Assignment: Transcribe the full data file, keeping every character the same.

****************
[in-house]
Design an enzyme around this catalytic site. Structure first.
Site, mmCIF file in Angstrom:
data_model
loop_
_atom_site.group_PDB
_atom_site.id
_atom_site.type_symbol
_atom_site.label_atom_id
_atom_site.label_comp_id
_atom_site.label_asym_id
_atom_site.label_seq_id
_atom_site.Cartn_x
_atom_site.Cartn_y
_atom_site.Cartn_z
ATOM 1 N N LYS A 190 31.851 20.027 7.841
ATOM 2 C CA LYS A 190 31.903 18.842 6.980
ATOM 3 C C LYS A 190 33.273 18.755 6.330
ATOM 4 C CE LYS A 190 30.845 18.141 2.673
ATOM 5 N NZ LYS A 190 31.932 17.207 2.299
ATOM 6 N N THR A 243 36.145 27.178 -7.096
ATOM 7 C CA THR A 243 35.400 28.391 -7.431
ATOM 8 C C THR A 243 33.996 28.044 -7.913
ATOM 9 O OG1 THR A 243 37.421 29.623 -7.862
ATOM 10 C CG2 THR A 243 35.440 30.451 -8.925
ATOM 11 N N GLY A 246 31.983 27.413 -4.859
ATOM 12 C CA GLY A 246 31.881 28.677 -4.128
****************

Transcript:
[in-house]
Design an enzyme around this catalytic site. Structure first.
Site, mmCIF file in Angstrom:
data_model
loop_
_atom_site.group_PDB
_atom_site.id
_atom_site.type_symbol
_atom_site.label_atom_id
_atom_site.label_comp_id
_atom_site.label_asym_id
_atom_site.label_seq_id
_atom_site.Cartn_x
_atom_site.Cartn_y
_atom_site.Cartn_z
ATOM 1 N N LYS A 190 31.851 20.027 7.841
ATOM 2 C CA LYS A 190 31.903 18.842 6.980
ATOM 3 C C LYS A 190 33.273 18.755 6.330
ATOM 4 C CE LYS A 190 30.845 18.141 2.673
ATOM 5 N NZ LYS A 190 31.932 17.207 2.299
ATOM 6 N N THR A 243 36.145 27.178 -7.096
ATOM 7 C CA THR A 243 35.400 28.391 -7.431
ATOM 8 C C THR A 243 33.996 28.044 -7.913
ATOM 9 O OG1 THR A 243 37.421 29.623 -7.862
ATOM 10 C CG2 THR A 243 35.440 30.451 -8.925
ATOM 11 N N GLY A 246 31.983 27.413 -4.859
ATOM 12 C CA GLY A 246 31.881 28.677 -4.128